>>> handler motor at 3.0 Amps 230 VAC. 690 VA
    >>>
    >>> Given that this is 1/5 the motor as the one used in my airhandler I
    >>> would expect it to consume only about 138 VA or 1.2 A at 115 VAC.
    >>>

    >>
    >> You need to know the power factor in order to get a meaningful number
    >> here, it may only be around 0.5. One of those $20 Kill A Watt devices is
    >> perfectly adequate for measuring the true power consumption.
    >>
    >> Shaded pole motors are not very efficient, you'll notice they tend to
    >> run very hot. Still, without knowing the actual load or the power factor
    >> you're flying blind and anything is just a guess, but it's easy to measure.

    >
    > 1/10 HP is only about 75W. Obviously, the power factor and most likely
    > the efficiency is going to be piss poor. How much did this thing cost?
    > My guess is that any price is too high for what you are getting.
    >
    > Bill


    The 3.4 amp specs are typical for attic exhaust fans. Should I assume
    that the nameplate current draw is "locked rotor" value provided in case
    someone decides to install 5 of these on one 15 amp circuit?

    I am only interested in what the motor normally draws while running. If
    two of these fans require nearly 800 watts to exhaust and cool my attic,
    I am concerned. If its only 300 watts I am less concerned. Does anyone
    have a ballpark on this?

    --
    Joe Leikhim K4SAT
    "The RFI-EMI-GUY"©

    "Treason doth never prosper: what's the reason?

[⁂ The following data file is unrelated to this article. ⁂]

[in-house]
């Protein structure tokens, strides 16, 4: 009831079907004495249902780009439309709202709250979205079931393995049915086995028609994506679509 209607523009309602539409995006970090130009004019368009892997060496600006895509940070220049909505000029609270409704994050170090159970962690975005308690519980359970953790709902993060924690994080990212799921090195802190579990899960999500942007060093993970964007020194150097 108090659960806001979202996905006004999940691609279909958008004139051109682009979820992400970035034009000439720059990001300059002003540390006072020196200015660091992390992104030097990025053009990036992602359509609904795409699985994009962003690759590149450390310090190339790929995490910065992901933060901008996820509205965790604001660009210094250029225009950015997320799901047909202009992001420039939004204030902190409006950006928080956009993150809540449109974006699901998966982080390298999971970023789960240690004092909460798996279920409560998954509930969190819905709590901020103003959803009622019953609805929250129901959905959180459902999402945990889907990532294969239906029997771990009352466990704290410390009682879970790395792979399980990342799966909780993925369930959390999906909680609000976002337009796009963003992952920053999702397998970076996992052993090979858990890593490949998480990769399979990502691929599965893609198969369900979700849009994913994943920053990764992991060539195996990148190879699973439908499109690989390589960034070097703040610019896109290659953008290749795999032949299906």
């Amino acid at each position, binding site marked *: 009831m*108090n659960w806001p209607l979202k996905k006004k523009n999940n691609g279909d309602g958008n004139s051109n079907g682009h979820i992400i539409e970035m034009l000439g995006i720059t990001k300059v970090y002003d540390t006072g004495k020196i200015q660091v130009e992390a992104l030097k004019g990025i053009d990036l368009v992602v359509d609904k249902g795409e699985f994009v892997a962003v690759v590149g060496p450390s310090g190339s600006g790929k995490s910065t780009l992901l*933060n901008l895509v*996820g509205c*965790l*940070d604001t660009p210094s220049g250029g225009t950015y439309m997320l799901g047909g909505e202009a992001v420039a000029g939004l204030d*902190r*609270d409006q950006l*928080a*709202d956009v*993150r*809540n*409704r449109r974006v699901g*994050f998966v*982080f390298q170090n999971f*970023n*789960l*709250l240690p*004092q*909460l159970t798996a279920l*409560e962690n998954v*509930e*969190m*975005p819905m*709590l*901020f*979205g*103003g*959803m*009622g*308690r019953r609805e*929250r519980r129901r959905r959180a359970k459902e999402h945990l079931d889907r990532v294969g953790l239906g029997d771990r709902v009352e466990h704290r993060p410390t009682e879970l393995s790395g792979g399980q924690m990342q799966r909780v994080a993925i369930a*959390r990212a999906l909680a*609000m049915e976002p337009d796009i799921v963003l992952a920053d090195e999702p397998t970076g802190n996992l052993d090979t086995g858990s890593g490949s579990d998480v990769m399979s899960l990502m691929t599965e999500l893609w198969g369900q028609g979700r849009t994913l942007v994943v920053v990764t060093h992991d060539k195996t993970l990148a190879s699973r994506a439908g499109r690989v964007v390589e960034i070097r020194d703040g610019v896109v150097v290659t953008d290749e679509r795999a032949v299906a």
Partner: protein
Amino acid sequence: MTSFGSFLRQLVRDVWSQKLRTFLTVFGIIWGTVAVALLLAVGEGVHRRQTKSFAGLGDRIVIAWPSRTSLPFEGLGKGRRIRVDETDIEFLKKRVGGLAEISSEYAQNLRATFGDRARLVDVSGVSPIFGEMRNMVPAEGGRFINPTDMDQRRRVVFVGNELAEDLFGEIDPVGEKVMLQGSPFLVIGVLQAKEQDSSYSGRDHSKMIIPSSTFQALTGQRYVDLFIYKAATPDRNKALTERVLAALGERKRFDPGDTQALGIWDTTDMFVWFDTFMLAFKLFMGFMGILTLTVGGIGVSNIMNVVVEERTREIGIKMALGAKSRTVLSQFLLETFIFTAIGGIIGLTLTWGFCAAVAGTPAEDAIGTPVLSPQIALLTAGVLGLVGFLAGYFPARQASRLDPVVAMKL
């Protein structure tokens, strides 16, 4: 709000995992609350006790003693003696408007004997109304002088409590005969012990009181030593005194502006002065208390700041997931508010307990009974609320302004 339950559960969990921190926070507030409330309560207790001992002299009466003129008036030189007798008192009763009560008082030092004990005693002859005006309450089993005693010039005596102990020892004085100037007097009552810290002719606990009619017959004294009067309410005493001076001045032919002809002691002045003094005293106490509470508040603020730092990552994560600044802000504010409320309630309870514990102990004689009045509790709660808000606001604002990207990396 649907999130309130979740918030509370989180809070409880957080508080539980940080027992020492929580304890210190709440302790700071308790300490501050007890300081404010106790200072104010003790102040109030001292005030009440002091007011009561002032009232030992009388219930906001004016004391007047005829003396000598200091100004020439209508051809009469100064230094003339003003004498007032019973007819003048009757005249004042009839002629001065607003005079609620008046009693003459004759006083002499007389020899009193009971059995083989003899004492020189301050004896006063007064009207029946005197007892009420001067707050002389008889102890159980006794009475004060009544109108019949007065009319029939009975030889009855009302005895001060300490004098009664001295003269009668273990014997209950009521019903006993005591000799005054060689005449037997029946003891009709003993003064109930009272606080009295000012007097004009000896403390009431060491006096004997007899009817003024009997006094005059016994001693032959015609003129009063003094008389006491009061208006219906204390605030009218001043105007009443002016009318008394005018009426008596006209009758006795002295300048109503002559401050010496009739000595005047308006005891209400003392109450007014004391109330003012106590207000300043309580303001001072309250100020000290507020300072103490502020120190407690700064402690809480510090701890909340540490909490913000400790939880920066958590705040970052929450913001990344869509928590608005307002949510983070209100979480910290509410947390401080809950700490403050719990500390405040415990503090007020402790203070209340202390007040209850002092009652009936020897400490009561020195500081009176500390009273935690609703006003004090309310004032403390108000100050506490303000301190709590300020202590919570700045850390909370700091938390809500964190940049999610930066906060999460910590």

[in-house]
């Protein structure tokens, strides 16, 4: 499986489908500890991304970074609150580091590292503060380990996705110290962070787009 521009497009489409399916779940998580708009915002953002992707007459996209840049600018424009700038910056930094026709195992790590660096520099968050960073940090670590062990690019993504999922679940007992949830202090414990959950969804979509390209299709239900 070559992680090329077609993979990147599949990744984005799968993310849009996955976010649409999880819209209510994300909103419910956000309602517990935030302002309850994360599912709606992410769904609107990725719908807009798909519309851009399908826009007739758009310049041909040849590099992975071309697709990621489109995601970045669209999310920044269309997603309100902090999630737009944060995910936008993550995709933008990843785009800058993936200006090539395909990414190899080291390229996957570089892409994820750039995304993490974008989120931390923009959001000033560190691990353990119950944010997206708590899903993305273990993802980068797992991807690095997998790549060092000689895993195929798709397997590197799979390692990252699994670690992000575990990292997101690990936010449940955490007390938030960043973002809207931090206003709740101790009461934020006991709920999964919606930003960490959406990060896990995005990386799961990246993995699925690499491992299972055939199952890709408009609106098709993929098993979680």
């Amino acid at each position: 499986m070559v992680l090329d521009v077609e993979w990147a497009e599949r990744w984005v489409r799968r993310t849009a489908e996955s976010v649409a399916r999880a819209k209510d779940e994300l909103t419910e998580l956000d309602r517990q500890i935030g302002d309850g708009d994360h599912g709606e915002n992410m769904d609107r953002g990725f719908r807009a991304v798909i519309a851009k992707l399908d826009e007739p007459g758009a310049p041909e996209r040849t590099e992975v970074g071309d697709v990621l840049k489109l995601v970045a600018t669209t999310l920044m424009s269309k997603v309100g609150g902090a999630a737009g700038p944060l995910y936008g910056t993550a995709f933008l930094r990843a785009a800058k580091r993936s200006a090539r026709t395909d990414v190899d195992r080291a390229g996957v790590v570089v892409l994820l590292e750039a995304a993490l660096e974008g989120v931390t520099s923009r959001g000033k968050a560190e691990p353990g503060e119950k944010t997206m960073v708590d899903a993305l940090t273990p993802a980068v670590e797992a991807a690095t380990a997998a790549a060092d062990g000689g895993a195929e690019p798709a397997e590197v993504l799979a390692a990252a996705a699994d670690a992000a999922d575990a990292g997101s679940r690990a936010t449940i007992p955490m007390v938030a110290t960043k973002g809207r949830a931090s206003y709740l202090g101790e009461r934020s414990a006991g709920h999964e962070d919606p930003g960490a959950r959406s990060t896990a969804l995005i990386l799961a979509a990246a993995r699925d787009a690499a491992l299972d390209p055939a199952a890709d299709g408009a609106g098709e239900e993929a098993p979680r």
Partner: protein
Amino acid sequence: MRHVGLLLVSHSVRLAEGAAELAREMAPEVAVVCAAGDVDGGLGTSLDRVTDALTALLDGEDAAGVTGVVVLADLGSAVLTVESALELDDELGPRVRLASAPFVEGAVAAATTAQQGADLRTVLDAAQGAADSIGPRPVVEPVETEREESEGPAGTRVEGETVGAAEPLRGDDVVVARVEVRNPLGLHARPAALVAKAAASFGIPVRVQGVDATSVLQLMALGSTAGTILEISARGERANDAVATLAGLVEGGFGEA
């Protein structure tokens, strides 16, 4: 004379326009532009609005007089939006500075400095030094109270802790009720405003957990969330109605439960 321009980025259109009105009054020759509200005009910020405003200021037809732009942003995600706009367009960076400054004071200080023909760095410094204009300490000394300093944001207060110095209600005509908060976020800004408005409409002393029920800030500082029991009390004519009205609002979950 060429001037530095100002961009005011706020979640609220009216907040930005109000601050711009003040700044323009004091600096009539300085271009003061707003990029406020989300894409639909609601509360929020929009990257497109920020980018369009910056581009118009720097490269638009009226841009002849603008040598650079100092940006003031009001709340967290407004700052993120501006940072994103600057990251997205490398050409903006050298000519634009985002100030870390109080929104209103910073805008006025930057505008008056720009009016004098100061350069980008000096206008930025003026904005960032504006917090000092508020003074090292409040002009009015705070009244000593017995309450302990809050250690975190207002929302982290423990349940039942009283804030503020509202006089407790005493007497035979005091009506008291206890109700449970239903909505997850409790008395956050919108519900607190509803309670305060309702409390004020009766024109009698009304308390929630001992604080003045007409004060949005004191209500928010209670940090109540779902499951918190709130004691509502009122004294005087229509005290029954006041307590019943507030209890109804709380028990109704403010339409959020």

For if it prosper, none dare call it treason."

    "Follow The Money" ;-P
    RFI-EMI-GUY, Jun 18, 2008
    #4
  5. RFI-EMI-GUY

    James Sweet Guest

    RFI-EMI-GUY wrote:
    > Salmon Egg wrote:
    >> In article <AsY5k.16835$8q2.2690@trnddc02>,
    >> James Sweet <> wrote:
    >>
    >>> RFI-EMI-GUY wrote:
    >>>> Can anyone comment the power consumption of this motor? Is this at
    >>>> all typical. The application is a 800 CFM attic fan.
    >>>>
    >>>> "1.2.2 Motor: 1/10th HP, thermally protected shaded pole type,
    >>>> 1100 RPM, 3.4 AMPS." - used at 115 VAC - 391 VA
    >>>>
    >>>> My concern is not with peak load, but typical consumption when
    >>>> running in that application. By comparison I measured my 1/2 HP
    >>>> rated air handler motor at 3.0 Amps 230 VAC. 690 VA
    >>>>
    >>>> Given that this is 1/5 the motor as the one used in my airhandler I
    >>>> would expect it to consume only about 138 VA or 1.2 A at 115 VAC.
    >>>>
    >>>
    >>> You need to know the power factor in order to get a meaningful number
    >>> here, it may only be around 0.5. One of those $20 Kill A Watt devices
    >>> is perfectly adequate for measuring the true power consumption.
    >>>
    >>> Shaded pole motors are not very efficient, you'll notice they tend to
    >>> run very hot. Still, without knowing the actual load or the power
    >>> factor you're flying blind and anything is just a guess, but it's
    >>> easy to measure.

    >>
    >> 1/10 HP is only about 75W. Obviously, the power factor and most likely
    >> the efficiency is going to be piss poor. How much did this thing cost?
    >> My guess is that any price is too high for what you are getting.
    >>
    >> Bill

    >
    > The 3.4 amp specs are typical for attic exhaust fans. Should I assume
    > that the nameplate current draw is "locked rotor" value provided in case
    > someone decides to install 5 of these on one 15 amp circuit?
    >
    > I am only interested in what the motor normally draws while running. If
    > two of these fans require nearly 800 watts to exhaust and cool my attic,
    > I am concerned. If its only 300 watts I am less concerned. Does anyone
    > have a ballpark on this?
    >



    I would guess about 140W, but that's only a guess. The power factor if
    uncorrected is probably only about 0.5, so the VA will be around double
    what the wattage is, and the label is for worst case conditions. In the
    real world, the fan is probably not pushing the motor to produce its max
    rated horsepower.
    James Sweet, Jun 18, 2008
    #5